Invoking Black Struggle for Justice in Installation Opens May 14 at Oakland City Hall

By Randolph Belle

A traveling exhibit that chronicles the history of black repression in the United States has arrived in Oakland for installation this week at Frank Ogawa Plaza.

Support Oakland Artists, an Oakland-based 501(C)3, in partnership with Society’s Cage to present the acclaimed social justice art installation in front of Oakland City Hall May 9-30, 2022.

Society’s Cage is an accessible open-air pavilion comprising 500 suspended steel bars that form a cavernous cube with a habitable void allowing visitors to experience the symbolic weight of institutional racism.

This immersive experience offers the opportunity to consider the severity of racial bias within our institutional justice structures and allows for moments of reflection and healing.

The designers, Dayton Schroeter, Julian Arrington, Monteil Crawley and Ivan O’Garro, created the installation to contextualize the contemporary phenomenon of police killings of Black Americans within the continuum of more than 400 years of racialized state violence in the United States. United.

It is a data-driven installation, shaped in response to the question “What is the value of black life in America?” »

The Oakland installation will be the first on the West Coast as it moves nationwide to sites of symbolic power tied to justice, freedom and democracy. Originating in Washington, D.C. on the National Mall in response to the 2020 killings of George Floyd and Breonna Taylor, Society’s Cage continued its journey as an interpretive lens highlighting historical forces of racialized state violence in the states. -United.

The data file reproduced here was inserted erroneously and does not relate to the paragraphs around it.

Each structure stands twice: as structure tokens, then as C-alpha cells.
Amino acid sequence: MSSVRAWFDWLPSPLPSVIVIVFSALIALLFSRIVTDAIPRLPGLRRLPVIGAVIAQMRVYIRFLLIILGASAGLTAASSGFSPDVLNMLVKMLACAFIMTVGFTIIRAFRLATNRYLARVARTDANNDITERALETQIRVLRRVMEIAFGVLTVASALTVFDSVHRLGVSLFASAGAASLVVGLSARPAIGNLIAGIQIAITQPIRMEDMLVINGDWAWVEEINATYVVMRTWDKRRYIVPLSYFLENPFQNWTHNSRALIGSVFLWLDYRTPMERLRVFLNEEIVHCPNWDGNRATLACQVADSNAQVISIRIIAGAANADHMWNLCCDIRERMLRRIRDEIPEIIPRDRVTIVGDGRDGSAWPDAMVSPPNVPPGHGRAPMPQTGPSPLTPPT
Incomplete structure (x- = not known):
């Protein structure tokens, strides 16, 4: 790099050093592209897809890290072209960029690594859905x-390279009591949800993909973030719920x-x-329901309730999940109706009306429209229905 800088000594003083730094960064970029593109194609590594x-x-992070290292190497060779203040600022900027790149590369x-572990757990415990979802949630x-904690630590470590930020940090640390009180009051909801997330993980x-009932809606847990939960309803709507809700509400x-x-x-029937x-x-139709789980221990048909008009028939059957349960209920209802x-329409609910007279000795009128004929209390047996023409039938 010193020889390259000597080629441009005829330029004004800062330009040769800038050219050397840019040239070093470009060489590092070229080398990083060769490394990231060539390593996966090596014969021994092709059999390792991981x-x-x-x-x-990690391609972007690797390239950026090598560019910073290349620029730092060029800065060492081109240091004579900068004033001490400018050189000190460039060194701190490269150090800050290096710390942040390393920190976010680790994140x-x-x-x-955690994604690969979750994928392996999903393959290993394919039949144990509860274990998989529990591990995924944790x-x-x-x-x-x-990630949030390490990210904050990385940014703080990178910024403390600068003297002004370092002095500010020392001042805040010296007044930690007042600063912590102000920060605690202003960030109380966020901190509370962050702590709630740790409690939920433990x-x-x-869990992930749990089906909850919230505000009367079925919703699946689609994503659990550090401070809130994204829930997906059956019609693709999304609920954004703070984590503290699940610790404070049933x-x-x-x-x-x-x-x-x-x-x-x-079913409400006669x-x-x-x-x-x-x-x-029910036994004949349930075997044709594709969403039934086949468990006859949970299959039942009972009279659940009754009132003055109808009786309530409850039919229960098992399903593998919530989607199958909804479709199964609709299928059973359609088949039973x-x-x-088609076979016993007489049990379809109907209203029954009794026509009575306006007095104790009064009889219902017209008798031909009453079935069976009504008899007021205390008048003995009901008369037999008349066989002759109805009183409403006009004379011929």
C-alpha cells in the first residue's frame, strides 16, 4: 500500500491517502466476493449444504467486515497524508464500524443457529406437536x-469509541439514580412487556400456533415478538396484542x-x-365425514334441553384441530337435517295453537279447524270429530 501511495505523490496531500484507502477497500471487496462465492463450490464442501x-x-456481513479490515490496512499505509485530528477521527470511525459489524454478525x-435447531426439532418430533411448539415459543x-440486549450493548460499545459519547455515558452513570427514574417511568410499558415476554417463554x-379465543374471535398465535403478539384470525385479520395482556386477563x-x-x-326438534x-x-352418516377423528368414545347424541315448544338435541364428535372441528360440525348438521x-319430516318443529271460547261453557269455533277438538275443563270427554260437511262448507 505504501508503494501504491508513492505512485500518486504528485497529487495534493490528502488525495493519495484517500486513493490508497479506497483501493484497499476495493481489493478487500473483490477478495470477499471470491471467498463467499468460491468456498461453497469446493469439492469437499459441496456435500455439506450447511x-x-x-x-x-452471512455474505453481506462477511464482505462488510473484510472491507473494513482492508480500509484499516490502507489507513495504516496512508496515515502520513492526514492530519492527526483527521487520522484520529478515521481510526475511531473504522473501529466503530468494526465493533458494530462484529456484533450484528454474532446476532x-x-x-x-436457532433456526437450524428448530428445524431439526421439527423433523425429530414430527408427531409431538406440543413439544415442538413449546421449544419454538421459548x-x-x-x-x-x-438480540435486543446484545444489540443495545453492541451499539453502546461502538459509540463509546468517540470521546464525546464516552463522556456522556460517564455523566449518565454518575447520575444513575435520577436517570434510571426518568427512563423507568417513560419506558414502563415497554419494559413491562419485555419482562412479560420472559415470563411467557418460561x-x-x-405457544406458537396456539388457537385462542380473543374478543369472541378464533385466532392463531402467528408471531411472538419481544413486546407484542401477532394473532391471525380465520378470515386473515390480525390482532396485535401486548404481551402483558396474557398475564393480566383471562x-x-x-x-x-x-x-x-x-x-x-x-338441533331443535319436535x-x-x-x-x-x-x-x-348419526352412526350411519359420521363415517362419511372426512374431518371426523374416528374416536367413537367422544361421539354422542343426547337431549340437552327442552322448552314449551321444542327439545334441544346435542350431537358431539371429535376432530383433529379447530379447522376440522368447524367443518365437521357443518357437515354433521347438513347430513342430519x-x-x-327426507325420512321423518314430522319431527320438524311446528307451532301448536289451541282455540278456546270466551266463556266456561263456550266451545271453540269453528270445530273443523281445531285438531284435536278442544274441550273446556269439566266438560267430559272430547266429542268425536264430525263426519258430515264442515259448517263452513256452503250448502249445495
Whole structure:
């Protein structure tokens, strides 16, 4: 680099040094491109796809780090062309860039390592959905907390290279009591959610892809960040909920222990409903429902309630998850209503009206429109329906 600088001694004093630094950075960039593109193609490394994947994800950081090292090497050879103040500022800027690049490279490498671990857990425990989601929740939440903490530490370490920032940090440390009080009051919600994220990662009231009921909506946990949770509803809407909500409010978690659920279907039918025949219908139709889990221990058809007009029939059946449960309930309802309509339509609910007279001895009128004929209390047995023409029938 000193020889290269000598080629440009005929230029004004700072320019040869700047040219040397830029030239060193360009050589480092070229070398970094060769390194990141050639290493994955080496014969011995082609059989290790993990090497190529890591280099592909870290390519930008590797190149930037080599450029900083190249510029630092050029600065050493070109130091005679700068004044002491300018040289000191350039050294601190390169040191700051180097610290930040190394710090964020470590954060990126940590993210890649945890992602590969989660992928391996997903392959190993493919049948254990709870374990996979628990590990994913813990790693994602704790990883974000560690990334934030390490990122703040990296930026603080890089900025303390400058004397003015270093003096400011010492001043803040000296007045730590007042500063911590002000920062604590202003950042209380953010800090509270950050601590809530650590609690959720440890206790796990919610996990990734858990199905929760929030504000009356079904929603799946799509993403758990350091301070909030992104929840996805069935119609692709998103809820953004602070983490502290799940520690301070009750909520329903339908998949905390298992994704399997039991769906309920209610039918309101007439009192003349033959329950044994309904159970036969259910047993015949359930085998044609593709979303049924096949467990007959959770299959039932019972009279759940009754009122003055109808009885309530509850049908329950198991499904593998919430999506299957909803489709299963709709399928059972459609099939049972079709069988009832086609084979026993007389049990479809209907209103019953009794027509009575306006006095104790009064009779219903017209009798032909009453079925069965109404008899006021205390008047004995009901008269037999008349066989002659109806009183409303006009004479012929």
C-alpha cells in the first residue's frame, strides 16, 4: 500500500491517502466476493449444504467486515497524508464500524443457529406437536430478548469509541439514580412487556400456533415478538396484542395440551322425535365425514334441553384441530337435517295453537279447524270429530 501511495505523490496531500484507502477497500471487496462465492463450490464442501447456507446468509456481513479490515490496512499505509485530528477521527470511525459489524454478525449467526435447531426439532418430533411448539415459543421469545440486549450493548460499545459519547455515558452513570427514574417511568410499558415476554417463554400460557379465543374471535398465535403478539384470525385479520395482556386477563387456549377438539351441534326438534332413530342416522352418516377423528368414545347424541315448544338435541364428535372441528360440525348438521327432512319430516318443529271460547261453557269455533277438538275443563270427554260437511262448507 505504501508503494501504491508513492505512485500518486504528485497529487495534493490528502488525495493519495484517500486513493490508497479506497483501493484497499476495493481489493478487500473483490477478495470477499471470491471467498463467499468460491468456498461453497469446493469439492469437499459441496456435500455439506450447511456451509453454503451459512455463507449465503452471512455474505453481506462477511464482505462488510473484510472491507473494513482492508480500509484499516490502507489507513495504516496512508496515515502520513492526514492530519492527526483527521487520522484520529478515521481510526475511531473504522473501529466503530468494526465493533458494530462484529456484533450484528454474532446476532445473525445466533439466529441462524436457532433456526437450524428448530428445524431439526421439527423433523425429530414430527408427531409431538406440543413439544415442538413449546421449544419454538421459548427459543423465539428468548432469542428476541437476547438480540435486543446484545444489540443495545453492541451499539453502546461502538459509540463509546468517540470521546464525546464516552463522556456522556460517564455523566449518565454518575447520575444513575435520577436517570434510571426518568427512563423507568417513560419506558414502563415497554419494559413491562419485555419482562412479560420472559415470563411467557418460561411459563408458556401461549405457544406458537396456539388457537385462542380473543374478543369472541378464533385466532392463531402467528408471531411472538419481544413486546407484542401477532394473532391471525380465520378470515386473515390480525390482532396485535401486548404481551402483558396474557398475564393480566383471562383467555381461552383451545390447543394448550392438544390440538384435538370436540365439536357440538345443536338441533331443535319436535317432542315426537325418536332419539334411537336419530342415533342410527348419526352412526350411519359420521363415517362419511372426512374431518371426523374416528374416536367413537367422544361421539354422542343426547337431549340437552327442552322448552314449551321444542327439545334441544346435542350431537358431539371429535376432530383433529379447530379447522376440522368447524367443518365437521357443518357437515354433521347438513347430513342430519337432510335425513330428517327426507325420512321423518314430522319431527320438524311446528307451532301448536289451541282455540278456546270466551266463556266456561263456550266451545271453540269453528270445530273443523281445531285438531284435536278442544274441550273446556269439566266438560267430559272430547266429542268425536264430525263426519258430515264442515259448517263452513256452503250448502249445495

Other sites have included War Memorial Plaza in Baltimore, Maryland, and the Vernon AME Chapel site in Tulsa, Oklahoma, for the 100th anniversary of the Tulsa Race Massacre and the destruction of the Greenwood District, known as the Black Wall Street.

Oakland is an ideal site for settling as the home of the Black Panther Party, which was founded to fight the legacy of police oppression, unfair incarceration practices and remnants of slavery. in the form of state-sponsored terrorism against black people.

In 2009, the killing of Oscar Grant, a 22-year-old unarmed black passenger by BART police in Oakland, sparked organized local and regional protests that catalyzed a national movement.

Support Oakland Artists Executive Director Randolph Belle atop the installation called 'Society's Cage' as it is being assembled.  Photo courtesy of Facebook.

Support Oakland Artists Executive Director Randolph Belle atop the installation called ‘Society’s Cage’ as it is being assembled. Photo courtesy of Facebook.

“We were inspired to create the installation in response to the murders of George Floyd and Breonna Taylor,” says Dayton Schroeter, principal designer of Society’s Cage and director of design at SmithGroup, which has offices in San Francisco. “The pavilion is a real and raw reflection of the conversations about racism that are taking place right now. It is a physical manifestation of the institutional structures that have undermined the progress of black Americans throughout this country’s history.